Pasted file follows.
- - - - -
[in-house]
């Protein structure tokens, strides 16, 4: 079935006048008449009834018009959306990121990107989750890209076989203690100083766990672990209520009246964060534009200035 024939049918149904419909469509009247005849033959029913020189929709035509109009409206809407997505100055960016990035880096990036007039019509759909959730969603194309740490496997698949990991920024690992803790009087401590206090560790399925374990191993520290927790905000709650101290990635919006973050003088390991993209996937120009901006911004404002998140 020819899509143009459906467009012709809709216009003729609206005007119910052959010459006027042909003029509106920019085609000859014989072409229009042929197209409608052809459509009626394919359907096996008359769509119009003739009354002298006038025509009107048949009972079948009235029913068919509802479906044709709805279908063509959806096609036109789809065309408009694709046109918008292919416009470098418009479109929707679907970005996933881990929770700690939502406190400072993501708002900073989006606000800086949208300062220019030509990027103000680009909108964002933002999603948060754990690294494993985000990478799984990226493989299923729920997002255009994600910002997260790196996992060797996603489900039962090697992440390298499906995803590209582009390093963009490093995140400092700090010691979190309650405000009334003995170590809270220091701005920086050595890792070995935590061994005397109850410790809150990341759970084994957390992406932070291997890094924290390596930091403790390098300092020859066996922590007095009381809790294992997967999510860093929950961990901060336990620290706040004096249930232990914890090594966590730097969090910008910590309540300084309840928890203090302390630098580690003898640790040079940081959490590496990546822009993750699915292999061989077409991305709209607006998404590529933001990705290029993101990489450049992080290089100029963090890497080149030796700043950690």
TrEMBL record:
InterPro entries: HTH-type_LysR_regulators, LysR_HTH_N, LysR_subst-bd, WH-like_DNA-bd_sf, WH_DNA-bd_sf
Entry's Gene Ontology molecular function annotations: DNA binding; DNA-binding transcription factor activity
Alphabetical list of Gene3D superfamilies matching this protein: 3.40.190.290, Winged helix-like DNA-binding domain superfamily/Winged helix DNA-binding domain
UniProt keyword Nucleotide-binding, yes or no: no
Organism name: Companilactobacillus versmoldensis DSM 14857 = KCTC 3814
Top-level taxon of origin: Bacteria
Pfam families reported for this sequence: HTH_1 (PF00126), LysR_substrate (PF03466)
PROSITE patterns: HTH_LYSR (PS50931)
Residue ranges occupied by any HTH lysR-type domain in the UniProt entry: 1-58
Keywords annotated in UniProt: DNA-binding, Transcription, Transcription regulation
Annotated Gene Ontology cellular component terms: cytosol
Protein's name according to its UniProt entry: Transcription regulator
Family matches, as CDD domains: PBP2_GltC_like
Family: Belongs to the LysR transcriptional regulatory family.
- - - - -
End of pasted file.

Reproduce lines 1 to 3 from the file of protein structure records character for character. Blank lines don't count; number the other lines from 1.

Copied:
[in-house]
């Protein structure tokens, strides 16, 4: 079935006048008449009834018009959306990121990107989750890209076989203690100083766990672990209520009246964060534009200035 024939049918149904419909469509009247005849033959029913020189929709035509109009409206809407997505100055960016990035880096990036007039019509759909959730969603194309740490496997698949990991920024690992803790009087401590206090560790399925374990191993520290927790905000709650101290990635919006973050003088390991993209996937120009901006911004404002998140 020819899509143009459906467009012709809709216009003729609206005007119910052959010459006027042909003029509106920019085609000859014989072409229009042929197209409608052809459509009626394919359907096996008359769509119009003739009354002298006038025509009107048949009972079948009235029913068919509802479906044709709805279908063509959806096609036109789809065309408009694709046109918008292919416009470098418009479109929707679907970005996933881990929770700690939502406190400072993501708002900073989006606000800086949208300062220019030509990027103000680009909108964002933002999603948060754990690294494993985000990478799984990226493989299923729920997002255009994600910002997260790196996992060797996603489900039962090697992440390298499906995803590209582009390093963009490093995140400092700090010691979190309650405000009334003995170590809270220091701005920086050595890792070995935590061994005397109850410790809150990341759970084994957390992406932070291997890094924290390596930091403790390098300092020859066996922590007095009381809790294992997967999510860093929950961990901060336990620290706040004096249930232990914890090594966590730097969090910008910590309540300084309840928890203090302390630098580690003898640790040079940081959490590496990546822009993750699915292999061989077409991305709209607006998404590529933001990705290029993101990489450049992080290089100029963090890497080149030796700043950690």
TrEMBL record: